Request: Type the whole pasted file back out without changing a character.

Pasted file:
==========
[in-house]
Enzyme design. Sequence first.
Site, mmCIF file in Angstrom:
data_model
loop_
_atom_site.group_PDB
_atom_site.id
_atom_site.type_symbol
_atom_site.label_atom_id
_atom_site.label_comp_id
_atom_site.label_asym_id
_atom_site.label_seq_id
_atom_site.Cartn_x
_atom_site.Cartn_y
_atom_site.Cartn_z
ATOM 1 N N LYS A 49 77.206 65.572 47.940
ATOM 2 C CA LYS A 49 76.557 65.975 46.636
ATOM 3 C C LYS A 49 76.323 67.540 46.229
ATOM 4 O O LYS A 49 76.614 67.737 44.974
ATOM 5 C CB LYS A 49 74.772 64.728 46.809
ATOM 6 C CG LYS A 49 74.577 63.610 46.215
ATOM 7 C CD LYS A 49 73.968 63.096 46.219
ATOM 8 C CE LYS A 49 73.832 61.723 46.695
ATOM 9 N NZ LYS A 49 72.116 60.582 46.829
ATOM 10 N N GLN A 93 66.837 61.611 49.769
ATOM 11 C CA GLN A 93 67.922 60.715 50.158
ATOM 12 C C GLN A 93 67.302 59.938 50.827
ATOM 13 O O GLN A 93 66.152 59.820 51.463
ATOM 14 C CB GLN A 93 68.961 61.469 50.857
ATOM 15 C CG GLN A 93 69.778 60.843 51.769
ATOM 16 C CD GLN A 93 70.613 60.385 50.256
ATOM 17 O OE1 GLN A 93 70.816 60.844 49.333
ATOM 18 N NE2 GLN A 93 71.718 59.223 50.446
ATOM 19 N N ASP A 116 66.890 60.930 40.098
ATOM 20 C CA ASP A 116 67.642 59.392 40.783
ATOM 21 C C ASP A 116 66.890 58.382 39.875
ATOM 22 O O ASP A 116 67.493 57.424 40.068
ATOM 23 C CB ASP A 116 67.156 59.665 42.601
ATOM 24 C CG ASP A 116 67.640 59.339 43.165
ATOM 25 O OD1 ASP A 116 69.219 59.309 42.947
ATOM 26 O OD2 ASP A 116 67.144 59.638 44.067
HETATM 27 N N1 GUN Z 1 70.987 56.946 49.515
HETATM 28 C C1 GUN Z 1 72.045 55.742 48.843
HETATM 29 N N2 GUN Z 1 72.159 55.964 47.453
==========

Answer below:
[in-house]
Enzyme design. Sequence first.
Site, mmCIF file in Angstrom:
data_model
loop_
_atom_site.group_PDB
_atom_site.id
_atom_site.type_symbol
_atom_site.label_atom_id
_atom_site.label_comp_id
_atom_site.label_asym_id
_atom_site.label_seq_id
_atom_site.Cartn_x
_atom_site.Cartn_y
_atom_site.Cartn_z
ATOM 1 N N LYS A 49 77.206 65.572 47.940
ATOM 2 C CA LYS A 49 76.557 65.975 46.636
ATOM 3 C C LYS A 49 76.323 67.540 46.229
ATOM 4 O O LYS A 49 76.614 67.737 44.974
ATOM 5 C CB LYS A 49 74.772 64.728 46.809
ATOM 6 C CG LYS A 49 74.577 63.610 46.215
ATOM 7 C CD LYS A 49 73.968 63.096 46.219
ATOM 8 C CE LYS A 49 73.832 61.723 46.695
ATOM 9 N NZ LYS A 49 72.116 60.582 46.829
ATOM 10 N N GLN A 93 66.837 61.611 49.769
ATOM 11 C CA GLN A 93 67.922 60.715 50.158
ATOM 12 C C GLN A 93 67.302 59.938 50.827
ATOM 13 O O GLN A 93 66.152 59.820 51.463
ATOM 14 C CB GLN A 93 68.961 61.469 50.857
ATOM 15 C CG GLN A 93 69.778 60.843 51.769
ATOM 16 C CD GLN A 93 70.613 60.385 50.256
ATOM 17 O OE1 GLN A 93 70.816 60.844 49.333
ATOM 18 N NE2 GLN A 93 71.718 59.223 50.446
ATOM 19 N N ASP A 116 66.890 60.930 40.098
ATOM 20 C CA ASP A 116 67.642 59.392 40.783
ATOM 21 C C ASP A 116 66.890 58.382 39.875
ATOM 22 O O ASP A 116 67.493 57.424 40.068
ATOM 23 C CB ASP A 116 67.156 59.665 42.601
ATOM 24 C CG ASP A 116 67.640 59.339 43.165
ATOM 25 O OD1 ASP A 116 69.219 59.309 42.947
ATOM 26 O OD2 ASP A 116 67.144 59.638 44.067
HETATM 27 N N1 GUN Z 1 70.987 56.946 49.515
HETATM 28 C C1 GUN Z 1 72.045 55.742 48.843
HETATM 29 N N2 GUN Z 1 72.159 55.964 47.453